A decorator that will verify the request was made by a valid user that belongs to a specific organization.

@app.route("/org/<org_id>/check")
@auth.require_org_member()
def hello(org_id):
   return f"You are in {current_org.org_name}"
require_org_member ArgumentDescription
req_to_org_idA function that takes in the request and outputs the org_id to require the user to be a member of. If none is specified, it will check for a path param org_id.

Specifically, it will:

  1. Check that a valid access token was provided. If not, the request is rejected with a 401 status code.
  2. Set current_user (scoped to the current request) with the user’s information.
  3. Find an id for an organization within the request. By default, it will check for a path parameter org_id.
  4. Check that the user is a member of that organization. If not, the request is rejected with a 403 status code.
  5. Set current_org (scoped to the current request) with the organization’s information for this user.

current_org

A per-request value that contains org information for the user making the request. It’s set by require_org_member.

PropertyDescription
org_idThe id of the org
org_nameThe name of the org
user_assigned_roleThe user’s role within the organization. See Roles and Permissions for more details.
user_is_role(role: str): boolReturns True if the user’s role within the organization matches the role passed in
user_is_at_least_role(role: str): boolReturns True if the user’s role within the organization is at least the role passed in. If the hierarchy of roles is Owner => Admin => Member, specifying “Admin” will return True for Admins and Owners, but False for Members.
user_has_permission(permission: str): boolReturn True if the user has a specific permission. The users’ permissions are derived from their role within this organization.
user_has_all_permissions(permissions: List[str]): boolReturn True if the user has all the specified permissions. The users’ permissions are derived from their role within this organization.

Roles and Permissions

A user has a Role within an organization. By default, the available roles are Owner, Admin, or Member, but these can be configured. These roles are also hierarchical, so Owner > Admin > Member.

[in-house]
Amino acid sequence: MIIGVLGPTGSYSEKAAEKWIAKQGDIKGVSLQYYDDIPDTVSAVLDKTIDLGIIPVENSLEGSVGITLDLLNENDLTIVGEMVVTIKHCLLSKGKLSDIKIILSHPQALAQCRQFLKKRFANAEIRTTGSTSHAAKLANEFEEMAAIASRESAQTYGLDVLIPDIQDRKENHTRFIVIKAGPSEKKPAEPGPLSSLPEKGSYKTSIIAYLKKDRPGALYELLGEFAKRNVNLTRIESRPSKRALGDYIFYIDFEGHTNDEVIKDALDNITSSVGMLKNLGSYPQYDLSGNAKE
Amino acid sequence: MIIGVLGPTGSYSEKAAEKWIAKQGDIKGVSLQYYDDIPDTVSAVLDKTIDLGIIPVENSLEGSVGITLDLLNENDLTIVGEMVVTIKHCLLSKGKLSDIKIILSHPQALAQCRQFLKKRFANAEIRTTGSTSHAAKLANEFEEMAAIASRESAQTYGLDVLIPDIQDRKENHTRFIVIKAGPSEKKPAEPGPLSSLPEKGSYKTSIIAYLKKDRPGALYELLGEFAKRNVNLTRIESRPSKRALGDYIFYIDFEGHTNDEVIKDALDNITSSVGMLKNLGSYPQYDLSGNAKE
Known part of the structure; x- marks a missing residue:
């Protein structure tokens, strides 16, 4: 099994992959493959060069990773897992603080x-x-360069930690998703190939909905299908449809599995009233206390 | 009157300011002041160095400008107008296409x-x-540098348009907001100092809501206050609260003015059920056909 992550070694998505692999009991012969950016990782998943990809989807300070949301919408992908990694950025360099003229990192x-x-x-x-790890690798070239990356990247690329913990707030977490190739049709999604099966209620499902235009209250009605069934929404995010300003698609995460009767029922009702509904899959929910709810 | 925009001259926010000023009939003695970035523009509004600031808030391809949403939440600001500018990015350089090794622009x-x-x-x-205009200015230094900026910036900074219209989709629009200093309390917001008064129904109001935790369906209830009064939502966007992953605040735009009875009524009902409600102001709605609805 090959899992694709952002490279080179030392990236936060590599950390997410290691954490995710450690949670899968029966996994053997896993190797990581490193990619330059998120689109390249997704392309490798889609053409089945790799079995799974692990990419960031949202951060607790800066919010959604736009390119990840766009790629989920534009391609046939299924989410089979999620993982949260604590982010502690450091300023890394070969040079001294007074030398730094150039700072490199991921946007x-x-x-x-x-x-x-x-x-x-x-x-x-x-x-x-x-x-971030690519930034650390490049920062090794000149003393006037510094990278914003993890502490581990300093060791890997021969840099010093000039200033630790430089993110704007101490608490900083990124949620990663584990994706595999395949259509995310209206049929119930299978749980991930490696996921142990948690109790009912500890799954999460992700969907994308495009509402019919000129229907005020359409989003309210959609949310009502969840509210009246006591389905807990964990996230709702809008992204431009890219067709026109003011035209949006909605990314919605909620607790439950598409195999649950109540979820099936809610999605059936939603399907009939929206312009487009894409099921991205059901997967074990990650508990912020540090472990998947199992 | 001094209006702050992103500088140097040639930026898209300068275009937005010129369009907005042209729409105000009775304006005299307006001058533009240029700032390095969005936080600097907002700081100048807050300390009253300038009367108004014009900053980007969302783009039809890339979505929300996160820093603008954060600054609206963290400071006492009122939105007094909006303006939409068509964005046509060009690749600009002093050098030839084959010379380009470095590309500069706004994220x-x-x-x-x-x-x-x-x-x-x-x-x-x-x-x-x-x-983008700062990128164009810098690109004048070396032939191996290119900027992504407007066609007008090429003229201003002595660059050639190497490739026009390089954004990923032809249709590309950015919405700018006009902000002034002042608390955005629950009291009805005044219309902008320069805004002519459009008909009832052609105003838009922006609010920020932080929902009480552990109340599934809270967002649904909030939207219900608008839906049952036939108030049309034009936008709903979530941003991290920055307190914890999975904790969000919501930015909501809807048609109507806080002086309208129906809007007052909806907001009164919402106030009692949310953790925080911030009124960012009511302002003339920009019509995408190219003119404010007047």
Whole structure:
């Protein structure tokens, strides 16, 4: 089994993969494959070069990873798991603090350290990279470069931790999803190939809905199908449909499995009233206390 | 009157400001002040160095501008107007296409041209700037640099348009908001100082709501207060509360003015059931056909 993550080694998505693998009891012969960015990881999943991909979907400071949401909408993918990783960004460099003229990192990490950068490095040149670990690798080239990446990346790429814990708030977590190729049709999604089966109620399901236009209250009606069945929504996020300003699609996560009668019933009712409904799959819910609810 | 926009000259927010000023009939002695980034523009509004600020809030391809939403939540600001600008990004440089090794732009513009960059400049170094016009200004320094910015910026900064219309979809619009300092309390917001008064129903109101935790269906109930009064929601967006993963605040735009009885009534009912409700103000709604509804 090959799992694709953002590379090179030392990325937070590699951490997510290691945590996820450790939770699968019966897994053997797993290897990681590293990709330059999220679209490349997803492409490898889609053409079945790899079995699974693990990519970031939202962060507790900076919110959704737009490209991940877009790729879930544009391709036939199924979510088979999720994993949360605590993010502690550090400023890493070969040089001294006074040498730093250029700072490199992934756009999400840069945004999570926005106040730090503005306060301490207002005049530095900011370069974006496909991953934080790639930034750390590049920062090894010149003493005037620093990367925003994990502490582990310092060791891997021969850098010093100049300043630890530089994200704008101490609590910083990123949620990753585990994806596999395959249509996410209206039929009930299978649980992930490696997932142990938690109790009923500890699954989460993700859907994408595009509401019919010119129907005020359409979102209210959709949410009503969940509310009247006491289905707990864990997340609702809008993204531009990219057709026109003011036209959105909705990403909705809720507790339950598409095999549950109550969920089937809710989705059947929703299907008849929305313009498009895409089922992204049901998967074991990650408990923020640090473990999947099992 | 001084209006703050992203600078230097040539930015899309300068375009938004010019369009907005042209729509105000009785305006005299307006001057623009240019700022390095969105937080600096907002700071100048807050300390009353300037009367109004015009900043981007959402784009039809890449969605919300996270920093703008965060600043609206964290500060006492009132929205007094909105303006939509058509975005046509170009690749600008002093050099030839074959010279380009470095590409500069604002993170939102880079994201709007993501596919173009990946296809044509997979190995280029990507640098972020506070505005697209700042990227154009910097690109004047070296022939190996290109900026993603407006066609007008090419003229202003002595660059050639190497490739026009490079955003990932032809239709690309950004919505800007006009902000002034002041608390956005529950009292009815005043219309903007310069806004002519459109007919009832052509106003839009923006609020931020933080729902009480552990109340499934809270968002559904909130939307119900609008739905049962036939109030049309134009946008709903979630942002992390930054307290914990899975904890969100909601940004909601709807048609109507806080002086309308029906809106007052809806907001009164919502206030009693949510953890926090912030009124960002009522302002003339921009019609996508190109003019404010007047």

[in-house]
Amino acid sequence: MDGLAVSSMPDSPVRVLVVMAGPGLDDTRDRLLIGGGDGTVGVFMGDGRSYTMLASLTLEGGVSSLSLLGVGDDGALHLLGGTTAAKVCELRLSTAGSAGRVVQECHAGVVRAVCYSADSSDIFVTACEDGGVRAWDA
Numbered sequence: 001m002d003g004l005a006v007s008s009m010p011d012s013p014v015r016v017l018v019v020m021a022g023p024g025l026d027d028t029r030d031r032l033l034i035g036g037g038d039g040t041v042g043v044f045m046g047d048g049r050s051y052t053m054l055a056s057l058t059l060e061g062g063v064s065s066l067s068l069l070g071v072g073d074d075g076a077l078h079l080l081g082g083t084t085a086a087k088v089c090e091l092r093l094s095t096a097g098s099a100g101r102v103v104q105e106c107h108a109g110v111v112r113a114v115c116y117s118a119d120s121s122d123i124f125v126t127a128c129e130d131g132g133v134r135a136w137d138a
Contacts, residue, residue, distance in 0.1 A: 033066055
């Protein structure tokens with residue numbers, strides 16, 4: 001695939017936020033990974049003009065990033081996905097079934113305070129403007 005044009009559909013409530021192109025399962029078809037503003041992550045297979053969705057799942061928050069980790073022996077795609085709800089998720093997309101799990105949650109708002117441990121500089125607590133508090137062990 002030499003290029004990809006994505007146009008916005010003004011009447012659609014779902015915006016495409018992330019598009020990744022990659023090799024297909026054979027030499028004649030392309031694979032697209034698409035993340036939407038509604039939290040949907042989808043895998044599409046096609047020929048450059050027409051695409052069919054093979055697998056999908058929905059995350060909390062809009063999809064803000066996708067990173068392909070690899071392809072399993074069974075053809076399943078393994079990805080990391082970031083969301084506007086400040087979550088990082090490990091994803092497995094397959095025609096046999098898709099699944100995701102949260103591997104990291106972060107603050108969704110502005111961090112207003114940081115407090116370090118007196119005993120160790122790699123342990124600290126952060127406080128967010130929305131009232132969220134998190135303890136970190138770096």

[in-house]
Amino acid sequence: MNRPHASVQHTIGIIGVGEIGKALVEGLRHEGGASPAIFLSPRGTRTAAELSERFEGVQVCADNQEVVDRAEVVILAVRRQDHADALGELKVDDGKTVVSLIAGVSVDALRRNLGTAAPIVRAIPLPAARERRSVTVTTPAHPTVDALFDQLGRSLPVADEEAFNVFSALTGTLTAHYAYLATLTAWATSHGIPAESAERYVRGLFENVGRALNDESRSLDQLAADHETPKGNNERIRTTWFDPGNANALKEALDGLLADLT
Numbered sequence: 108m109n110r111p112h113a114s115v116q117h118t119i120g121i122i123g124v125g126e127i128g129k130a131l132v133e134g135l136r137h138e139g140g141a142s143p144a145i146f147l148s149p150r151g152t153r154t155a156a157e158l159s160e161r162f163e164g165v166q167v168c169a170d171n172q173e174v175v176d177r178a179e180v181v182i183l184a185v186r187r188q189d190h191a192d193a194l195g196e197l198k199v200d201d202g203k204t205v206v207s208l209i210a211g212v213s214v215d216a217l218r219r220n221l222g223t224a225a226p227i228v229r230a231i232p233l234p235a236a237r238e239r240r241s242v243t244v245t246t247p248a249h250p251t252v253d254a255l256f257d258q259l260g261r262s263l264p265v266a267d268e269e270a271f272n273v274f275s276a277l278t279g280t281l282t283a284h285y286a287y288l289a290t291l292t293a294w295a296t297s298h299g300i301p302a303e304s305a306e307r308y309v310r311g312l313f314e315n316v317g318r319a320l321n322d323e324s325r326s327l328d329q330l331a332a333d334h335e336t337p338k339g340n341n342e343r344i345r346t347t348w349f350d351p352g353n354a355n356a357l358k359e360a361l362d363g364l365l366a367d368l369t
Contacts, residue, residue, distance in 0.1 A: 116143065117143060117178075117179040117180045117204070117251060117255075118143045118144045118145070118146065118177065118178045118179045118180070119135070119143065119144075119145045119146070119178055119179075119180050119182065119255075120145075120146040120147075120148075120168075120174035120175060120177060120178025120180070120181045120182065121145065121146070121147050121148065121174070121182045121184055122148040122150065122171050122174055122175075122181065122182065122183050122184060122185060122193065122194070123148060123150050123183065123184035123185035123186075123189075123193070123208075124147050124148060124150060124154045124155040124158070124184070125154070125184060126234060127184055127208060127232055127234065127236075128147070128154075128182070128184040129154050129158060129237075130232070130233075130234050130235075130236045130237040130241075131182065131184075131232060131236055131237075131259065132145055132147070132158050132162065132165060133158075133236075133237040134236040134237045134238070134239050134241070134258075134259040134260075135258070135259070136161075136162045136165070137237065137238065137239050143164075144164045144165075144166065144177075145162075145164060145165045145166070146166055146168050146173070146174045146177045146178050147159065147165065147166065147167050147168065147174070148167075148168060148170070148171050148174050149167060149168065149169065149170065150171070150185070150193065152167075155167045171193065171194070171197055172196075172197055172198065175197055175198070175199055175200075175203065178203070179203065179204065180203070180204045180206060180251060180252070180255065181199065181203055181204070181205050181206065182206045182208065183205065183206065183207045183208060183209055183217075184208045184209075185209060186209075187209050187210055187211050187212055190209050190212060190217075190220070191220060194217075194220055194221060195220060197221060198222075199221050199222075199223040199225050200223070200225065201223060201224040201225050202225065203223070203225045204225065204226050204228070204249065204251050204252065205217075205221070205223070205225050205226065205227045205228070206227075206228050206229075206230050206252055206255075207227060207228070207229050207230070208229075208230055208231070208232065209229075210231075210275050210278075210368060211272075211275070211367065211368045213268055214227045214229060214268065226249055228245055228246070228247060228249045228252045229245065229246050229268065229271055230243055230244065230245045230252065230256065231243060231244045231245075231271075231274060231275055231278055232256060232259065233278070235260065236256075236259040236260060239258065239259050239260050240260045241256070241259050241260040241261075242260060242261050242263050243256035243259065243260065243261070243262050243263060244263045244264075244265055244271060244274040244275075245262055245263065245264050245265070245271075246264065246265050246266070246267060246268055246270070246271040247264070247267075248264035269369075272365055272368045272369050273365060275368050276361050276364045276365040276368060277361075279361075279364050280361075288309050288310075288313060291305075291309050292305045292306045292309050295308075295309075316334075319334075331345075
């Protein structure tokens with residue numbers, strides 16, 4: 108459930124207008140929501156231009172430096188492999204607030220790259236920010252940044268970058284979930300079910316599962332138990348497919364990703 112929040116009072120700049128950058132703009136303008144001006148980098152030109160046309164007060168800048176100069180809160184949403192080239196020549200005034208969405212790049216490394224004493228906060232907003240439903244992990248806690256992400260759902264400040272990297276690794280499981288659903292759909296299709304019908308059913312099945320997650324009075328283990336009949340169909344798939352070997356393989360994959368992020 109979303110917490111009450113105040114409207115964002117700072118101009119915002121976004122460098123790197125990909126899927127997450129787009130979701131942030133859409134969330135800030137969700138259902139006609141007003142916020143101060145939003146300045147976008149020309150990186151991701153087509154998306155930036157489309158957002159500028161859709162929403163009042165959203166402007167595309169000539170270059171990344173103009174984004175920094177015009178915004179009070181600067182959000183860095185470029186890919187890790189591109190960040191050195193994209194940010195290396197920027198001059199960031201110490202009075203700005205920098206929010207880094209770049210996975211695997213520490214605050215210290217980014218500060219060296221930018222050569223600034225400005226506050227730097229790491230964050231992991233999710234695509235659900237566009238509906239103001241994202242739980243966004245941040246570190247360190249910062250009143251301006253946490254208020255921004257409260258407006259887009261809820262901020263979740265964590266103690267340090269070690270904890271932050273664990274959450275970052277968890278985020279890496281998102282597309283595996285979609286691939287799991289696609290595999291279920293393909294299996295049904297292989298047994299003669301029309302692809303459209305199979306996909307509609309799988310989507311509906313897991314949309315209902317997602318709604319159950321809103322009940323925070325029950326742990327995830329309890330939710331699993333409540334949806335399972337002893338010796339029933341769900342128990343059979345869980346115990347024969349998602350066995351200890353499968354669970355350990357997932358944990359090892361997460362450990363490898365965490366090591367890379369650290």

Roles allow you to control what different users can do within your product. If you want to check a user’s role, you can use auth.require_org_member_with_exact_role or auth.require_org_member_with_minimum_role.

## Assuming a Role structure of Owner => Admin => Member

@app.route("/org/<org_id>/admin")
@auth.require_org_member_with_exact_role("Admin")
def admin(org_id):
   return f"You are an Admin of {current_org.org_name}"

@app.route("/org/<org_id>/admin_or_owner")
@auth.require_org_member_with_minimum_role("Admin")
def admin_or_owner(org_id):
   return f"You are an Admin or Owner of {current_org.org_name}"

Permissions are arbitrary strings associated with a role. For example, can_view_billing, ProductA::CanCreate, and ReadOnly are all valid permissions. The PropelAuth dashboard allows you to set up these permissions.

You can use auth.require_org_member_with_permission or auth.require_org_member_with_all_permissions to check for a given permission.

@app.route("/org/<org_id>/billing")
@auth.require_org_member_with_permission("can_view_billing")
def billing(org_id):
   pass

All of these functions, just like require_org_member, will also take in req_to_org_id, and will set both current_user and current_org on a valid request.

API calls

In addition to protecting API routes, you can make requests to PropelAuth to fetch more information about your users or organizations. You can also create new users, update user metadata, and more.

See Flask Library Reference for more information on available functionality.

Next Steps

Done with your backend? Next you can deploy to production.